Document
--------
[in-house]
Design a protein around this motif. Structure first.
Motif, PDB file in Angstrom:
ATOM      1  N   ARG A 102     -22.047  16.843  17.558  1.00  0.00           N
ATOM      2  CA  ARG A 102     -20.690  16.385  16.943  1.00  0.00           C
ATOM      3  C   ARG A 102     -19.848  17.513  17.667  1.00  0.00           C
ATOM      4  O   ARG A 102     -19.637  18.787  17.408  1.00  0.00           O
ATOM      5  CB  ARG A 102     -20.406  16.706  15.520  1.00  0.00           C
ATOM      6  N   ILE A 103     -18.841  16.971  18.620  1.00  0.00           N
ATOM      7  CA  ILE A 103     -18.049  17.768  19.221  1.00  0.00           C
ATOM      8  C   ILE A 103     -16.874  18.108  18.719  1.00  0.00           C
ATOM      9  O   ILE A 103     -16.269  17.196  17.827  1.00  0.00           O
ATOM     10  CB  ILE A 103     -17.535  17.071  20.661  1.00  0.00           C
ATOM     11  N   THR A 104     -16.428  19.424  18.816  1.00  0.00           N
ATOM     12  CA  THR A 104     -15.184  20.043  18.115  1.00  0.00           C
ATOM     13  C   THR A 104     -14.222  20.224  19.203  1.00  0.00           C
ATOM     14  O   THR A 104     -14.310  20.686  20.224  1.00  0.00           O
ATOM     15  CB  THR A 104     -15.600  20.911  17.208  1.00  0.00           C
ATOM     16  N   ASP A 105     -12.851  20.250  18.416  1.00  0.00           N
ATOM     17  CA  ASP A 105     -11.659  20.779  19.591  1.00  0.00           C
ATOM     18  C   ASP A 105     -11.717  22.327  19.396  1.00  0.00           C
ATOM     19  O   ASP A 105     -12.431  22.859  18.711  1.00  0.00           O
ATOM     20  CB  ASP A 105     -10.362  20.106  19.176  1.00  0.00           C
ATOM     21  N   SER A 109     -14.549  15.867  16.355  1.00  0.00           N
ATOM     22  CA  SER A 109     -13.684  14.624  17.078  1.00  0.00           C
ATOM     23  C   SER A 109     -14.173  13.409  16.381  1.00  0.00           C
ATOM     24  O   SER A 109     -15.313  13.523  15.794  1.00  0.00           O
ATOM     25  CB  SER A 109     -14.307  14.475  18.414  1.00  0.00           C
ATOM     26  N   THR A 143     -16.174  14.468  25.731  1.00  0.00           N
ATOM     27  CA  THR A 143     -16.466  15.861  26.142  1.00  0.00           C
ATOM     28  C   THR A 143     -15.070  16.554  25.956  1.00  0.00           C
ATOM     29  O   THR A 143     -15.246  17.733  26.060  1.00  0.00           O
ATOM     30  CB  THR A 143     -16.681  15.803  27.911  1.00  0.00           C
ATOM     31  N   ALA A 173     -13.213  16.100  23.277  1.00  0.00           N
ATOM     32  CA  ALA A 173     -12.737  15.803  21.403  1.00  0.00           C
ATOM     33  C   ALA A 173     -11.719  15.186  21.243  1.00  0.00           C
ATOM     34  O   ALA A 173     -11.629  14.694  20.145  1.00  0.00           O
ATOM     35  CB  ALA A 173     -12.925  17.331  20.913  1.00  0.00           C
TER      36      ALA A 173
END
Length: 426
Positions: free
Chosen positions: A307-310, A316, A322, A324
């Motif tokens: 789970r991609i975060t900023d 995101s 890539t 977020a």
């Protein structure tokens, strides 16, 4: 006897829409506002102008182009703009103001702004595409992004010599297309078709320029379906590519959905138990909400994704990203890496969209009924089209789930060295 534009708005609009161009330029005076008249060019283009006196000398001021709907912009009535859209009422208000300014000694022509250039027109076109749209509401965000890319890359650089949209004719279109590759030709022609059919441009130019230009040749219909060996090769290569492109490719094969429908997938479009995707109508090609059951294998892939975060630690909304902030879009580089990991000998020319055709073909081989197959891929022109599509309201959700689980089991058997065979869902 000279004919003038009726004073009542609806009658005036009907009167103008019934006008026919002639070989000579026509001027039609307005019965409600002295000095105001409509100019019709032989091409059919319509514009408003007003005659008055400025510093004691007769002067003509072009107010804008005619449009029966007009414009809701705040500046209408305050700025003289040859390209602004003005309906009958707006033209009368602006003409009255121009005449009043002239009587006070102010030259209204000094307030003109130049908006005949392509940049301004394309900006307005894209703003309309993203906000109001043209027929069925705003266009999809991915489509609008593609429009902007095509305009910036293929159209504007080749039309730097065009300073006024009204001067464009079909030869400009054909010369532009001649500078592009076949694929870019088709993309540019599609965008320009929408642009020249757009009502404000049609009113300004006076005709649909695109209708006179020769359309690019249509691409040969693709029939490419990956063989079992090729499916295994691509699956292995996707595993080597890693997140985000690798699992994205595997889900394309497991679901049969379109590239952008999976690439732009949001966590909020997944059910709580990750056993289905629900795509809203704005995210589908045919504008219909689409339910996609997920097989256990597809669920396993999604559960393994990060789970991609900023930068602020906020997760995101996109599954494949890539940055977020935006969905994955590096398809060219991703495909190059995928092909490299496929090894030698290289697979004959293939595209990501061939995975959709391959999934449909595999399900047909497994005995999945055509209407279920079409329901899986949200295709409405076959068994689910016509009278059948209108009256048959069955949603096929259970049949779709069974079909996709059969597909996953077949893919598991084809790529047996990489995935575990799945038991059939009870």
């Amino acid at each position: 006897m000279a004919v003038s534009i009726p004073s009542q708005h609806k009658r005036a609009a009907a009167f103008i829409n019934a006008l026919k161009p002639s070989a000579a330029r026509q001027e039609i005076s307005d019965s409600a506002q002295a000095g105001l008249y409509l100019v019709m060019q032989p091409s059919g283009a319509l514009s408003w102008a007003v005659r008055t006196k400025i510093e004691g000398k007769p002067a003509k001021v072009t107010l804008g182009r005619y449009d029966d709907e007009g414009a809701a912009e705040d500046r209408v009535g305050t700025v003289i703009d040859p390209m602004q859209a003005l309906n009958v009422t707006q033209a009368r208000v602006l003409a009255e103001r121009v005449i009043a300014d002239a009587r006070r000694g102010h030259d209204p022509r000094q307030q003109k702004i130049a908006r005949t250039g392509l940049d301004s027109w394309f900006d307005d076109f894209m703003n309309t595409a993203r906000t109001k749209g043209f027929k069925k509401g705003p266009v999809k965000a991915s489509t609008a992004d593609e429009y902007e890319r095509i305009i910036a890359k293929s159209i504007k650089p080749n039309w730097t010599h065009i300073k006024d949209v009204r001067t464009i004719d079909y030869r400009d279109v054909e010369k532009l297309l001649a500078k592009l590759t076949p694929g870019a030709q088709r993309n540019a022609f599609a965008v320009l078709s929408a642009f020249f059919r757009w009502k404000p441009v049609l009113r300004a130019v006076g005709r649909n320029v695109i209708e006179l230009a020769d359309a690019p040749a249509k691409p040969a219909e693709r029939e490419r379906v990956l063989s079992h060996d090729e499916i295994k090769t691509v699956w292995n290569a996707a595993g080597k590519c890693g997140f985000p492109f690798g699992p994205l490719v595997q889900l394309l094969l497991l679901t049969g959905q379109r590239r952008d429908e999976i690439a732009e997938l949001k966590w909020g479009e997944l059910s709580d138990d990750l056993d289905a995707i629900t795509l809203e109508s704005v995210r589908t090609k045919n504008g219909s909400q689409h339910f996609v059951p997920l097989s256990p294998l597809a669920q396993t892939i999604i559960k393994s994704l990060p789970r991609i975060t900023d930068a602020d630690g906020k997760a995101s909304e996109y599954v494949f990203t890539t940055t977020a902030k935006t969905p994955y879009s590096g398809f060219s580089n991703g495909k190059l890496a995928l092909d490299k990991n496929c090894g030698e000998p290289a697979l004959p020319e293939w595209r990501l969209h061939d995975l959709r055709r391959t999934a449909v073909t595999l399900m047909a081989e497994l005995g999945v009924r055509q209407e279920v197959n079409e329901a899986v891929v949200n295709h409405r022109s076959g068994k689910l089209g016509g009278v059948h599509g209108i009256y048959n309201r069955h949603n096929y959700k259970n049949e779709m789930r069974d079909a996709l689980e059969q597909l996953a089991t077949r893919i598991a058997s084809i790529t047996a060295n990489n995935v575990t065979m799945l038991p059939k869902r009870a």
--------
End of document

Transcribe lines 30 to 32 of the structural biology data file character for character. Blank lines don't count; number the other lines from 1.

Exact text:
ATOM     27  CA  THR A 143     -16.466  15.861  26.142  1.00  0.00           C
ATOM     28  C   THR A 143     -15.070  16.554  25.956  1.00  0.00           C
ATOM     29  O   THR A 143     -15.246  17.733  26.060  1.00  0.00           O